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Editorial: Thumbs up for later school start, worthwhile causes, return of high school football

Gov. Larry Hogan, with Comptroller Peter Franchot and other leaders, announced Wednesday from Ocean City's Boardwalk an executive order mandating Maryland schools can't start until after Labor Day.

Thumbs up: We're not generally in favor of executive orders, but when Gov. Larry Hogan decreed that future Maryland school years cannot begin until the day after Labor Day, he was codifying something the vast majority of Marylanders wanted. A 2015 Goucher College poll showed that 72 percent of Maryland residents supported a statewide mandate of a post-Labor Day start. By and large, an extra week of summer should be good for families and it should be a boon to vacation-dependent businesses. A 2013 study by Maryland Bureau of Estimates determined that a post-Labor Day start date could generate an additional $74.3 million in economic activity, including $3.7 million in new wages and $7.7 million in state and local revenue. The executive order creates some scheduling headaches as well as some hard feelings by those who think the decision should be made locally. But it was the only way this change was going to happen and we think students and parents, as well as Maryland's economy, will benefit.

The four who spent 30 hours on the roof of the Westminster Dunkin' Donuts surpassed their goal by $1,500.

Thumbs up: The heads of the Westminster Police Department, Carroll County Sheriff's Office, Maryland State Police Westminster Barrack and Carroll County State's Attorney's Office staked out rooftop seats atop the Westminster Dunkin' Donuts last weekend to raise money for Special Olympics, vowing to remain up there for 30 hours or until they raised $10,000 for Special Olympics. The four — Westminster police Chief Jeff Spaulding, Carroll Sheriff Jim DeWees, state police Westminster Barrack Commander Lt. Pat McCrory and Carroll State's Attorney Brian DeLeonardo — waved and attracted attention to themselves, soliciting donations. They wound up surpassing their goal and bringing in $11,500 for Special Olympics.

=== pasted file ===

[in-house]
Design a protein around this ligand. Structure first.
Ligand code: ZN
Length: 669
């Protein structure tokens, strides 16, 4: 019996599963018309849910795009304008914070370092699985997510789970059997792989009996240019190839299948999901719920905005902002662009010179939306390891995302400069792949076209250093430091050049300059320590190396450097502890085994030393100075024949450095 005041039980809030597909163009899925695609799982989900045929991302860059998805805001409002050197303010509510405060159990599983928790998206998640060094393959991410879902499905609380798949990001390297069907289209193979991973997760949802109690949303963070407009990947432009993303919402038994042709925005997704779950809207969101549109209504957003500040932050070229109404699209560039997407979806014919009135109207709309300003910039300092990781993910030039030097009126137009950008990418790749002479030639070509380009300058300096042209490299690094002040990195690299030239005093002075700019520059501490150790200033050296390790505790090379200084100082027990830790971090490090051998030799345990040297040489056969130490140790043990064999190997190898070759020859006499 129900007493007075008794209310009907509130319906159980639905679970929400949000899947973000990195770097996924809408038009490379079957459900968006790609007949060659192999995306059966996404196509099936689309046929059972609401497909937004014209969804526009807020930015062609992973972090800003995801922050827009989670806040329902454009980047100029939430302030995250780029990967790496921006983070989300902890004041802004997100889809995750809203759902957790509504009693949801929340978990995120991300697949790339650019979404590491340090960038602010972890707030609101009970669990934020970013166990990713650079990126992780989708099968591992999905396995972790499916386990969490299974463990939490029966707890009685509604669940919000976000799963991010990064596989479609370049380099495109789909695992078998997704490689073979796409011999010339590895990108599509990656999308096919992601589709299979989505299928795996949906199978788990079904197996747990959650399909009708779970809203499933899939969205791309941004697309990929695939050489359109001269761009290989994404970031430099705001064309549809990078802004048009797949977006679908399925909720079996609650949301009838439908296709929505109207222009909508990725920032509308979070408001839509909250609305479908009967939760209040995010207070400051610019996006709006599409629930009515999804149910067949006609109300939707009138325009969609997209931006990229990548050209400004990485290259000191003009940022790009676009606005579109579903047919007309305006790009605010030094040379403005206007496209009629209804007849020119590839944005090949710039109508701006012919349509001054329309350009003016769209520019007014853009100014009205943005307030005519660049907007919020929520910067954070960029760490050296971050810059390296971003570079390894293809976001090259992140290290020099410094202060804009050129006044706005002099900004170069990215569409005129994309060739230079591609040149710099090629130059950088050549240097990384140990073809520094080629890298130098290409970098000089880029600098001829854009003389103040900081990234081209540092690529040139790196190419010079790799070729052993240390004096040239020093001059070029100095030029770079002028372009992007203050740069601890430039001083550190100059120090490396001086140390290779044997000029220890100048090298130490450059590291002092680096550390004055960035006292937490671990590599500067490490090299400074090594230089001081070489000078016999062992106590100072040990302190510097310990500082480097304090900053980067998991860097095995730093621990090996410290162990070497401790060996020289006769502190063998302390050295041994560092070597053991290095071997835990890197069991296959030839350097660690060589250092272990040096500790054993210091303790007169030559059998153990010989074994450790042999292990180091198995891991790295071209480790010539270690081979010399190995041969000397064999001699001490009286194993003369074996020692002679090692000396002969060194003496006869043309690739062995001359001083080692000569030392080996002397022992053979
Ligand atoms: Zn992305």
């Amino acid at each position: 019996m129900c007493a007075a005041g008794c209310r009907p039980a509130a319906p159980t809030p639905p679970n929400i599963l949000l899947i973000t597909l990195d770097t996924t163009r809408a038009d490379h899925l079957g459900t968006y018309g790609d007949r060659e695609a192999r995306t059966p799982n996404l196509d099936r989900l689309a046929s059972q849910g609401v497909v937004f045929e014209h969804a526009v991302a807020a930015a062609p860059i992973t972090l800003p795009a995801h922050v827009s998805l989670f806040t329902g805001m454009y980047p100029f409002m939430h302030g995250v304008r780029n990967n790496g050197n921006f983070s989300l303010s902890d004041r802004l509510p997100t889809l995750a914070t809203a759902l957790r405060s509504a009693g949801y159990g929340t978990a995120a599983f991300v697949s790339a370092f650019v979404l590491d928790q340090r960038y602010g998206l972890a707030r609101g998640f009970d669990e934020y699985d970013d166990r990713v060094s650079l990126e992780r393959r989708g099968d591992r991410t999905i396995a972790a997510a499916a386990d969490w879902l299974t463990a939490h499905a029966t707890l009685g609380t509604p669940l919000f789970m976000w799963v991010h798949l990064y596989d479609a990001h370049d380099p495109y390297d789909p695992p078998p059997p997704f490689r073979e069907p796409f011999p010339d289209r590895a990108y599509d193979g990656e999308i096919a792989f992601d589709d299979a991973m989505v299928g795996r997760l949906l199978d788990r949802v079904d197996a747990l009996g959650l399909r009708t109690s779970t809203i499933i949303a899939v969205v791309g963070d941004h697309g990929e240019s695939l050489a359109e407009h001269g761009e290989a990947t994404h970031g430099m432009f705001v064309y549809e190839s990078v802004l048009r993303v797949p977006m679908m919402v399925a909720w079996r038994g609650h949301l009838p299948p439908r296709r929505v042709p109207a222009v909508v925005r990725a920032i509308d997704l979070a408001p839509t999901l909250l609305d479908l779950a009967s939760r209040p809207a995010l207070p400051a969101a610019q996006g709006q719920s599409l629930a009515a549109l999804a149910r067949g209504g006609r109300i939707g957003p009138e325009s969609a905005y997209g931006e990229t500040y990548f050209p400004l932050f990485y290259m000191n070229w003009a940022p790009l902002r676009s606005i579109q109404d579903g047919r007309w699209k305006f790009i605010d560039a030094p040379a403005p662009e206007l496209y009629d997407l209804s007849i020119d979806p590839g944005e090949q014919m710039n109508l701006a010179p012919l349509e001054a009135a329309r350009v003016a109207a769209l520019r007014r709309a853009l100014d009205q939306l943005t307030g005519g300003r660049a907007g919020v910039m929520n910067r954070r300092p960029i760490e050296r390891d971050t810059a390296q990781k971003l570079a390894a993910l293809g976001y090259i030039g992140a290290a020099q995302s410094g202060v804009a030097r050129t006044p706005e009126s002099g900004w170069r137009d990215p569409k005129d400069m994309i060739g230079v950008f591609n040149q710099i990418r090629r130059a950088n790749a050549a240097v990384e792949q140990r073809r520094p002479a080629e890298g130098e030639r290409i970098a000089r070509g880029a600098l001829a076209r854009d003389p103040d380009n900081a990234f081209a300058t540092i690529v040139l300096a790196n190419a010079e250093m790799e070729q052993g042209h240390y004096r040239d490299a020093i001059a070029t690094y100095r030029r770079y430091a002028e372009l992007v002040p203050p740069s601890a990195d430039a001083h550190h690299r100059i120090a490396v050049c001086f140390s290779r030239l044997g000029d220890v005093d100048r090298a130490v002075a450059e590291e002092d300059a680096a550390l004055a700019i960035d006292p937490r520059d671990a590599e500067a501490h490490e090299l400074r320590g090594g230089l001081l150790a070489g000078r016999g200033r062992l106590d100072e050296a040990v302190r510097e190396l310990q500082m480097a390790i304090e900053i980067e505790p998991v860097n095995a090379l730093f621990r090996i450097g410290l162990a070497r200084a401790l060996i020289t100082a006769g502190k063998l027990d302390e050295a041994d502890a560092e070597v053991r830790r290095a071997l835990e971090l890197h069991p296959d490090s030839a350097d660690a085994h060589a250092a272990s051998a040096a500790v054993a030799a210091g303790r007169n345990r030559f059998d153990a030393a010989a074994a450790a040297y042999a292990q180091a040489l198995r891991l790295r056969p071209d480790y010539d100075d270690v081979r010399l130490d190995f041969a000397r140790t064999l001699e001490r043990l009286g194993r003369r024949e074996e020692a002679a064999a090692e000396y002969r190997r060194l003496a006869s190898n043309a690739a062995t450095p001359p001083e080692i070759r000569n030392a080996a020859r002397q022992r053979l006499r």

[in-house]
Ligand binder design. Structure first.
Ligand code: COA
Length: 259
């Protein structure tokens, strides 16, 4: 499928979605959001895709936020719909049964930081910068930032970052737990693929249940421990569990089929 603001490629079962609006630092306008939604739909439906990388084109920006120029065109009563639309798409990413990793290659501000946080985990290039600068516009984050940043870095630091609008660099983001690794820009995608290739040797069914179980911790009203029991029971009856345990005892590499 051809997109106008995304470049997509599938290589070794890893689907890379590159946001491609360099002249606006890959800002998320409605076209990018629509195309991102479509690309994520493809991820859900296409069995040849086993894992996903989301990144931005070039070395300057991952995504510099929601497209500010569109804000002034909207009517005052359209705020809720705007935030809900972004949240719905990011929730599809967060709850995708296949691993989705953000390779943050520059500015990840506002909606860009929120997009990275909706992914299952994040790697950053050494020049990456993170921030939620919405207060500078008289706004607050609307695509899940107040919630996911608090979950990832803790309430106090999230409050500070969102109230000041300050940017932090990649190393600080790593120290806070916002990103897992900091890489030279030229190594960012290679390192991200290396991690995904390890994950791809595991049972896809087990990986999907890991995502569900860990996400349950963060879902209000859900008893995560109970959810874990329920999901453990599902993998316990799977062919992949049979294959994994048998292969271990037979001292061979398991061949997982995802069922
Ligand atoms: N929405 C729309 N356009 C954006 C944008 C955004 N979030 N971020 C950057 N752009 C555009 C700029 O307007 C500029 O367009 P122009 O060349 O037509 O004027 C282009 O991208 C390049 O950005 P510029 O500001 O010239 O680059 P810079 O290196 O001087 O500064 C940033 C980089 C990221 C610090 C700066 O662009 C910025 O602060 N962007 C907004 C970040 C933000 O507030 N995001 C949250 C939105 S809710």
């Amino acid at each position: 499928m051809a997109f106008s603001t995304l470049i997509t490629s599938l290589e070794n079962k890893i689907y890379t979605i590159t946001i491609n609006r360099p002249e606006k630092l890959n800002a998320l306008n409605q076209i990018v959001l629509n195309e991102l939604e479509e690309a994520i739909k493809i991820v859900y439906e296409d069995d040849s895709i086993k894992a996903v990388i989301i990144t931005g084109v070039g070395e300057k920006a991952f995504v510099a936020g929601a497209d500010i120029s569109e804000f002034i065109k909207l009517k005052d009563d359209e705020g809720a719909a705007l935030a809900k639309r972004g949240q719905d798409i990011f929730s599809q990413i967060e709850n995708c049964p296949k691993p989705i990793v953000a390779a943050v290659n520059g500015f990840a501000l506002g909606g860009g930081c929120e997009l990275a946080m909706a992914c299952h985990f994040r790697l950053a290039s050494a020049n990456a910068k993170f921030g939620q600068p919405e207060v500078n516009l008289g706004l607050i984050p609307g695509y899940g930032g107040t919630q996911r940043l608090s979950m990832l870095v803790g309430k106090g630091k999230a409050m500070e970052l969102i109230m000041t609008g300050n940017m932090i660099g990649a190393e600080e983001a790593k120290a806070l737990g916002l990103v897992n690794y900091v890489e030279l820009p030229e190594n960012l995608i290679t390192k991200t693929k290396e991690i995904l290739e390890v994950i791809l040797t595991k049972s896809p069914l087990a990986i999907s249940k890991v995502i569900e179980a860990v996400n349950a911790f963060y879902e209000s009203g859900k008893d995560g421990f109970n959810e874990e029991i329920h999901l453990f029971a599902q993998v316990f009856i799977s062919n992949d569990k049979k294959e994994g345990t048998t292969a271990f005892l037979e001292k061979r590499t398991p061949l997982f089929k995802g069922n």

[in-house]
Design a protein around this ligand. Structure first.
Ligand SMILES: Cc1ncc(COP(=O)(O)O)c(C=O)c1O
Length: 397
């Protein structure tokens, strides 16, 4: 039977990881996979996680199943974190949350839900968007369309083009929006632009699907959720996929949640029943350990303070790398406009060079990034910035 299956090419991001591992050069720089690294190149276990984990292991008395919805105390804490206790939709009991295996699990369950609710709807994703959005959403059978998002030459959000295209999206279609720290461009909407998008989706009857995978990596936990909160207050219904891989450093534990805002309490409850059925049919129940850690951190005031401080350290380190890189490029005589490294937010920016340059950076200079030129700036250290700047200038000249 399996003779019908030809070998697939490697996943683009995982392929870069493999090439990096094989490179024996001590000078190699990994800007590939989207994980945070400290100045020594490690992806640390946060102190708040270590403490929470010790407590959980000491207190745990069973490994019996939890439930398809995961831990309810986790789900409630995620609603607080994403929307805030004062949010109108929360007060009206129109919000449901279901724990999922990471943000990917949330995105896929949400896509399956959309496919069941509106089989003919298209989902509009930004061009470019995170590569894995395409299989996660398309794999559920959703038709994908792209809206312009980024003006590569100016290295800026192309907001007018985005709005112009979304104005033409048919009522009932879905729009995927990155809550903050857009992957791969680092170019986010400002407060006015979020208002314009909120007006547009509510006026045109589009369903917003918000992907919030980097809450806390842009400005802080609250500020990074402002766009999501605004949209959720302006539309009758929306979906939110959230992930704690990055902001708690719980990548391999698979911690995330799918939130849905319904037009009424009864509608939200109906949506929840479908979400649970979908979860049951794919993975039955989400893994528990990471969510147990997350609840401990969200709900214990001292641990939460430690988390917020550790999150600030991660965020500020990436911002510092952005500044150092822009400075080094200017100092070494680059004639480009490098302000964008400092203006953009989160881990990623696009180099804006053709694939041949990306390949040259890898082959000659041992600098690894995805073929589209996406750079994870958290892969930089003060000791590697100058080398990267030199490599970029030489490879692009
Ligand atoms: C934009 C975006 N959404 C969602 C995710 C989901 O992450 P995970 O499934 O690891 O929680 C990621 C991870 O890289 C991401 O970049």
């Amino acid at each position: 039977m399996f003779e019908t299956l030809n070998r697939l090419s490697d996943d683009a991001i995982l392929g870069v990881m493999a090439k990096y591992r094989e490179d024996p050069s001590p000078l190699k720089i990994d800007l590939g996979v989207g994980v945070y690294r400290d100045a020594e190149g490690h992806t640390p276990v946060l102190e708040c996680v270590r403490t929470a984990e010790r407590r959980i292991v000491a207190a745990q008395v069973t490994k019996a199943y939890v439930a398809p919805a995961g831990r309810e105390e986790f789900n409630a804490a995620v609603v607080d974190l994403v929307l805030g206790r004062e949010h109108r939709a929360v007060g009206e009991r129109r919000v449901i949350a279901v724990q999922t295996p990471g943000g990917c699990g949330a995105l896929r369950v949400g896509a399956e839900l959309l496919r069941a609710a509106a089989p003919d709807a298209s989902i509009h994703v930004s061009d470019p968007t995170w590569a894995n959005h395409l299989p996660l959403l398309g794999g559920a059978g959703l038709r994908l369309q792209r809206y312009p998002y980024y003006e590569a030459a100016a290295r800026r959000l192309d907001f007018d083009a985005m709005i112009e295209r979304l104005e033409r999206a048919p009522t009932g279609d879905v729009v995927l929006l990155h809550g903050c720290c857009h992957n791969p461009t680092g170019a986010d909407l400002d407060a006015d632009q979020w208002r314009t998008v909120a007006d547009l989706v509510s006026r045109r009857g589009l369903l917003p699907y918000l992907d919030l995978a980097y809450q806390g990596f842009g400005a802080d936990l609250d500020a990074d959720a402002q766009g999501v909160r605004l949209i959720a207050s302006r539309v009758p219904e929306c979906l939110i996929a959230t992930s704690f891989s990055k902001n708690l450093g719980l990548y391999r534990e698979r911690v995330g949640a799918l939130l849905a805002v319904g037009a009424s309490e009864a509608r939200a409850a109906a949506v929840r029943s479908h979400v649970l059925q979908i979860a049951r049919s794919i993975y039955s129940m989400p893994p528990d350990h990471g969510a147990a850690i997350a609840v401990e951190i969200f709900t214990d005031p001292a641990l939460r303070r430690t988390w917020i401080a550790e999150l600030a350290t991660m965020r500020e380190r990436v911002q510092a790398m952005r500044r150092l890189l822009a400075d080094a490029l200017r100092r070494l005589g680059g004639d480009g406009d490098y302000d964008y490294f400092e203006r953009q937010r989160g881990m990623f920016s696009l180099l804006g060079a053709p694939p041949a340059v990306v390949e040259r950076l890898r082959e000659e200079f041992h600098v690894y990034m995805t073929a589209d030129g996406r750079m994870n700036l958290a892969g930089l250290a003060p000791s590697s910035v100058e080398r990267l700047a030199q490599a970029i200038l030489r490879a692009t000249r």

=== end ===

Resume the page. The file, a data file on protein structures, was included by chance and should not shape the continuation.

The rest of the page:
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The kids were part of the Casey Cares Foundation, which provides activities and events for families with critically ill children.

Thumbs up: The New Windsor Volunteer Fire Company hosted an event Aug. 27 through the Casey Cares Foundation, which provides activities and events for families with critically ill children. During the day, kids explored the fire house, climbing a fire truck ladder and using a hose to put out cardboard fires, before joining in the cafeteria for lunch. Each of the kids has or had a serious illness requiring hospital trips and treatment, so getting out for a fun day like this is welcome. It was the company's second time partnering with Casey Cares for an event and the New Windsor volunteers got help from other fire departments as well as the Maryland State Police, the New Windsor Lions Club and Mayor Neal Roop.

Thumbs up: On Friday night, for the 70th consecutive fall season, high school football players took to the fields while fellow students and members of their communities cheered them on. Finally getting to play in a game is a reward for players who've practiced, sometimes twice a day in the August heat, for more than three weeks in preparation for the new season. Unlike the NFL, high school football has nothing to do with fantasy sports or gambling or ad revenue. It's about teenagers learning about how practice and teamwork contribute to achieving goals and it's about representing one's school. It's nice to win, too, and a few W's probably make those drills on humid, late-August afternoons seem worth it.

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